Unlike the thousands of suppliers of food products and household goods she works with daily, Giant Eagle supermarket chain CEO Laura Shapira Karet called Visa and Mastercard “the only vendors that Giant Eagle cannot negotiate with.” She said the April increase will cost her company alone $1.3 million a year. And with a profit margin of only 1 percent — compared with 50 percent at Visa — she has no choice but to pass the increase along in higher prices.

In a letter to the committee, NRF said small businesses are the hardest hit by swipe fees and “are calling for swipe fee reform more than any other segment of our industry.”

Take action now

Make your voice heard through our Action Alert and learn what NRF is doing to advocate for swipe fee reform.

Executives from Visa and Mastercard sidestepped inflation in their testimony, instead saying competition has “never been more pressing” because of options such as digital wallets, real-time payments, cryptocurrencies and buy now, pay later. But National Association of Convenience Stores General Counsel Doug Kantor, testifying on behalf of the Merchants Payments Coalition headed by NACS, NRF and other merchant groups, said “this isn’t about other forms of payment. This is about credit cards.”

Despite the witnesses’ silence on the issue, Kantor cited a recent earnings call where Visa Chief Financial Officer Vasant Prabhu said with “inflation driving up ticket size, clearly it’s beneficial to us.”

At the conclusion of the hearing, Durbin promised, “This conversation will continue.” While details remain to be determined, he said potential swipe fee solutions could include transparency to show consumers the now-hidden fees on their monthly credit card bills.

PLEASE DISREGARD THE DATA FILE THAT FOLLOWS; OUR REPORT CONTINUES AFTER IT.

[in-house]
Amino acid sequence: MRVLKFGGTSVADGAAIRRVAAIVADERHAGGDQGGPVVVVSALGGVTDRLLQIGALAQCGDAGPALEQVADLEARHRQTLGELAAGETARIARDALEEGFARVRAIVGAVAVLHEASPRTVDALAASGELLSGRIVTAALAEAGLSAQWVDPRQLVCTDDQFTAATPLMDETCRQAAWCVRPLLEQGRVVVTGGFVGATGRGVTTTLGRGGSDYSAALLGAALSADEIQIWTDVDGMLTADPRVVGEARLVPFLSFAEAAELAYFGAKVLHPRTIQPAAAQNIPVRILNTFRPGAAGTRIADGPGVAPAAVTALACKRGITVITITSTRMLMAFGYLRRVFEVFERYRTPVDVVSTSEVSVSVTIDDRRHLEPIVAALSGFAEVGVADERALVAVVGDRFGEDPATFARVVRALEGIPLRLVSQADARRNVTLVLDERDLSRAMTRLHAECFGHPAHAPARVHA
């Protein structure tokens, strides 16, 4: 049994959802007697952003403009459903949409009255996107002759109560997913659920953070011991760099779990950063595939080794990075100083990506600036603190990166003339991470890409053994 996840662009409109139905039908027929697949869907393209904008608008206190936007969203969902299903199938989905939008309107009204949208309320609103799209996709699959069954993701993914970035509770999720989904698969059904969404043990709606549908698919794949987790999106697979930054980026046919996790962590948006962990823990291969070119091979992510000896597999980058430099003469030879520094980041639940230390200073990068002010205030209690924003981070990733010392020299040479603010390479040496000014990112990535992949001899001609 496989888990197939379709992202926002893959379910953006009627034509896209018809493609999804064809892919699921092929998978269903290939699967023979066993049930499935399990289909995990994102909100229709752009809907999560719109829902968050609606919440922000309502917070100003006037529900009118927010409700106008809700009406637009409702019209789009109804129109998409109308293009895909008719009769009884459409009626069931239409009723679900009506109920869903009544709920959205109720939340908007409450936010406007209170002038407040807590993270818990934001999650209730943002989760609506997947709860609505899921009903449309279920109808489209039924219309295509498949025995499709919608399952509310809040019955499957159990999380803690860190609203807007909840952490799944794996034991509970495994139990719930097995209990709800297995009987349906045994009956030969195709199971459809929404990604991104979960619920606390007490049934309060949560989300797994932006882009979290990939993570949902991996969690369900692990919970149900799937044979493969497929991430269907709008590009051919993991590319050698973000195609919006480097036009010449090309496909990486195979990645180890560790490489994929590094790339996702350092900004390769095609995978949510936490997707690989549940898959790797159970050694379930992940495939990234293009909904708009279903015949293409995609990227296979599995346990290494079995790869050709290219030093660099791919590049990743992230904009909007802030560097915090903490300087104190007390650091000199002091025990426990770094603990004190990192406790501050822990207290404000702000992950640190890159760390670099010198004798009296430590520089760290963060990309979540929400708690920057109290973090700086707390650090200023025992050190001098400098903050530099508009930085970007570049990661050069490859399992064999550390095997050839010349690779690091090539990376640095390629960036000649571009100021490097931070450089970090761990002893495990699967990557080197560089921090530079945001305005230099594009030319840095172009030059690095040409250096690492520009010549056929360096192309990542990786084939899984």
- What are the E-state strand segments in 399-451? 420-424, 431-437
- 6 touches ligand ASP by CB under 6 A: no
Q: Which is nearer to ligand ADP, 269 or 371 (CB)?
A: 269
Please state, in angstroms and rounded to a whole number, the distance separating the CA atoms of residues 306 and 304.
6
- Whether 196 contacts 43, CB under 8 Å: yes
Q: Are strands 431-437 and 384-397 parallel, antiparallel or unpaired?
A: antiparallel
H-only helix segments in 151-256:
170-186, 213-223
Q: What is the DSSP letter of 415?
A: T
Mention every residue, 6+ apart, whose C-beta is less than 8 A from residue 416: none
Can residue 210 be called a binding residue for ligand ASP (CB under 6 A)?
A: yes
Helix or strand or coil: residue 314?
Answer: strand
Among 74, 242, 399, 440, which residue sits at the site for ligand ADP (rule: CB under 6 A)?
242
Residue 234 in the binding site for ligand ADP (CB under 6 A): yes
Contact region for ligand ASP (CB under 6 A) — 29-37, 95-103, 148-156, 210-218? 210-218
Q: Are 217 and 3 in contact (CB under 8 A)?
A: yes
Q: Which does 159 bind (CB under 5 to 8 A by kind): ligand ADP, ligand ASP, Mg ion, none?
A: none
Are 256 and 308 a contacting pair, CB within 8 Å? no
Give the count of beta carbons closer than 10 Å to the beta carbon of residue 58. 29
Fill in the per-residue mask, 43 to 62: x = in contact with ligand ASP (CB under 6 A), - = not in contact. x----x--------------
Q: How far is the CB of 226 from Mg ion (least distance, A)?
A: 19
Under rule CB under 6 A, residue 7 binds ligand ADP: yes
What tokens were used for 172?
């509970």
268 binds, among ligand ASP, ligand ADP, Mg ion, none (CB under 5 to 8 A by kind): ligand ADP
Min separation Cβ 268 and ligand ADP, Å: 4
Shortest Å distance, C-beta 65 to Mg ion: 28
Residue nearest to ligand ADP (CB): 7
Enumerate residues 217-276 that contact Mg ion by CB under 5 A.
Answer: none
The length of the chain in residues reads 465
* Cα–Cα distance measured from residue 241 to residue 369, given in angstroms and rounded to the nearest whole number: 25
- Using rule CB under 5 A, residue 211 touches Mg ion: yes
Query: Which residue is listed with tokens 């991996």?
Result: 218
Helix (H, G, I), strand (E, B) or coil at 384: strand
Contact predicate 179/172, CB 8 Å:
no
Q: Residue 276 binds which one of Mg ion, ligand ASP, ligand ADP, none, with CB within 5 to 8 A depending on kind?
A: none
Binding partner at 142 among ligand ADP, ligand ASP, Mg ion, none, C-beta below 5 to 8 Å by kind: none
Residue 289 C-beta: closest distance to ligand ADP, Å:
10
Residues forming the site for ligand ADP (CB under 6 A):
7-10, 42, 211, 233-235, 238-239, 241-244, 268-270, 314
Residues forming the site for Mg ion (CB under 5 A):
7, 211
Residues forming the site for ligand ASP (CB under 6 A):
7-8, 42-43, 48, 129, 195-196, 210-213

Durbin said credit card companies should no longer be allowed to collect a “tax on top of a tax” by charging swipe fees on sales tax. Exclusivity rules that keep Visa and Mastercard credit cards from being processed over independent networks like Star, NYCE or Shazam that charge less but offer better security should be eliminated. And, most of all, he said central price-fixing of the fees by Visa and Mastercard should end.

The hearing was called to demand answers and gather facts. It was a deep dive into how lack of competition has allowed swipe fees to skyrocket. Visa and Mastercard’s answers clearly failed to justify why the fees are so high and the claims they made were easily refuted by other witnesses. They didn’t even attempt to apologize for the contribution they have made to inflation that is making it challenging for many American families to make ends meet.

We believe the committee has laid the groundwork to develop solutions that will provide small businesses and American consumers with relief that is desperately needed. U.S. swipe fees are the highest in the industrialized world and the card system is clearly broken. This cannot be allowed to continue. Watch the video below.